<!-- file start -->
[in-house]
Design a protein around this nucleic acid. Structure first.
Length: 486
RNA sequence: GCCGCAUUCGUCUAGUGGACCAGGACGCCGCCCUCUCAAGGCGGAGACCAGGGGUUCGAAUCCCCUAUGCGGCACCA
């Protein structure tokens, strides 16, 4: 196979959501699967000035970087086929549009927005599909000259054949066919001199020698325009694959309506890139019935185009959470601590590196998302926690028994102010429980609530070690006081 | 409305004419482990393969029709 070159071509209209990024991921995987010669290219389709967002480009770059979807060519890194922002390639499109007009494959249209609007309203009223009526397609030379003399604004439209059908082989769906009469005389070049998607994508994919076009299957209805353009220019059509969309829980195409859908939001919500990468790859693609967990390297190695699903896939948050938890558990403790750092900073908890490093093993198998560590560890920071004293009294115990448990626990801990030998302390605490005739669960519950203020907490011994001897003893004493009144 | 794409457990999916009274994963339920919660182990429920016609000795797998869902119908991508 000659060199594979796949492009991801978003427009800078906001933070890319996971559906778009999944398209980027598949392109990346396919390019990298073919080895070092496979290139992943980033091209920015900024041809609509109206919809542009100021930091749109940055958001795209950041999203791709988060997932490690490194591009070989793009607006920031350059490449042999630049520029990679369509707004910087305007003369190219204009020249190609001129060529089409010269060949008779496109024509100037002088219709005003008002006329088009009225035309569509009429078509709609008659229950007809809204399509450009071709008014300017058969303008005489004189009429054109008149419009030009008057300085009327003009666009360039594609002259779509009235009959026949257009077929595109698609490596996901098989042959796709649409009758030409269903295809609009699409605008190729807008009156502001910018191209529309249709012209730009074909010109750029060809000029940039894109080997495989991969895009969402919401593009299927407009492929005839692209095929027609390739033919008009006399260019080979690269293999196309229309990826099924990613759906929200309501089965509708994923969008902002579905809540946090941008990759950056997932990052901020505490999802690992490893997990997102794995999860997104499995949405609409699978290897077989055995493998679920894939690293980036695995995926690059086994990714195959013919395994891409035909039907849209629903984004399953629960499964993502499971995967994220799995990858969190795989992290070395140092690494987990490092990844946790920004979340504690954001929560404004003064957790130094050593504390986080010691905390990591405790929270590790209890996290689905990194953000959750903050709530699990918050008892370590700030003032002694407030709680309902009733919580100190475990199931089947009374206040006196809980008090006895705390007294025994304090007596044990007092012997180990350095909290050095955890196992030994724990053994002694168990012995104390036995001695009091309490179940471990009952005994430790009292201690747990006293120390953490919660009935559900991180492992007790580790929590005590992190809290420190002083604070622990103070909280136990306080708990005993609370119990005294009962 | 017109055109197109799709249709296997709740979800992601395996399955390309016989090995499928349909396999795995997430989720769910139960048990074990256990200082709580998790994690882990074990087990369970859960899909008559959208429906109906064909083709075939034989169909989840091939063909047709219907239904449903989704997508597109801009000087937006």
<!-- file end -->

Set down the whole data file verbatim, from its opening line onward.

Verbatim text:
[in-house]
Design a protein around this nucleic acid. Structure first.
Length: 486
RNA sequence: GCCGCAUUCGUCUAGUGGACCAGGACGCCGCCCUCUCAAGGCGGAGACCAGGGGUUCGAAUCCCCUAUGCGGCACCA
């Protein structure tokens, strides 16, 4: 196979959501699967000035970087086929549009927005599909000259054949066919001199020698325009694959309506890139019935185009959470601590590196998302926690028994102010429980609530070690006081 | 409305004419482990393969029709 070159071509209209990024991921995987010669290219389709967002480009770059979807060519890194922002390639499109007009494959249209609007309203009223009526397609030379003399604004439209059908082989769906009469005389070049998607994508994919076009299957209805353009220019059509969309829980195409859908939001919500990468790859693609967990390297190695699903896939948050938890558990403790750092900073908890490093093993198998560590560890920071004293009294115990448990626990801990030998302390605490005739669960519950203020907490011994001897003893004493009144 | 794409457990999916009274994963339920919660182990429920016609000795797998869902119908991508 000659060199594979796949492009991801978003427009800078906001933070890319996971559906778009999944398209980027598949392109990346396919390019990298073919080895070092496979290139992943980033091209920015900024041809609509109206919809542009100021930091749109940055958001795209950041999203791709988060997932490690490194591009070989793009607006920031350059490449042999630049520029990679369509707004910087305007003369190219204009020249190609001129060529089409010269060949008779496109024509100037002088219709005003008002006329088009009225035309569509009429078509709609008659229950007809809204399509450009071709008014300017058969303008005489004189009429054109008149419009030009008057300085009327003009666009360039594609002259779509009235009959026949257009077929595109698609490596996901098989042959796709649409009758030409269903295809609009699409605008190729807008009156502001910018191209529309249709012209730009074909010109750029060809000029940039894109080997495989991969895009969402919401593009299927407009492929005839692209095929027609390739033919008009006399260019080979690269293999196309229309990826099924990613759906929200309501089965509708994923969008902002579905809540946090941008990759950056997932990052901020505490999802690992490893997990997102794995999860997104499995949405609409699978290897077989055995493998679920894939690293980036695995995926690059086994990714195959013919395994891409035909039907849209629903984004399953629960499964993502499971995967994220799995990858969190795989992290070395140092690494987990490092990844946790920004979340504690954001929560404004003064957790130094050593504390986080010691905390990591405790929270590790209890996290689905990194953000959750903050709530699990918050008892370590700030003032002694407030709680309902009733919580100190475990199931089947009374206040006196809980008090006895705390007294025994304090007596044990007092012997180990350095909290050095955890196992030994724990053994002694168990012995104390036995001695009091309490179940471990009952005994430790009292201690747990006293120390953490919660009935559900991180492992007790580790929590005590992190809290420190002083604070622990103070909280136990306080708990005993609370119990005294009962 | 017109055109197109799709249709296997709740979800992601395996399955390309016989090995499928349909396999795995997430989720769910139960048990074990256990200082709580998790994690882990074990087990369970859960899909008559959208429906109906064909083709075939034989169909989840091939063909047709219907239904449903989704997508597109801009000087937006």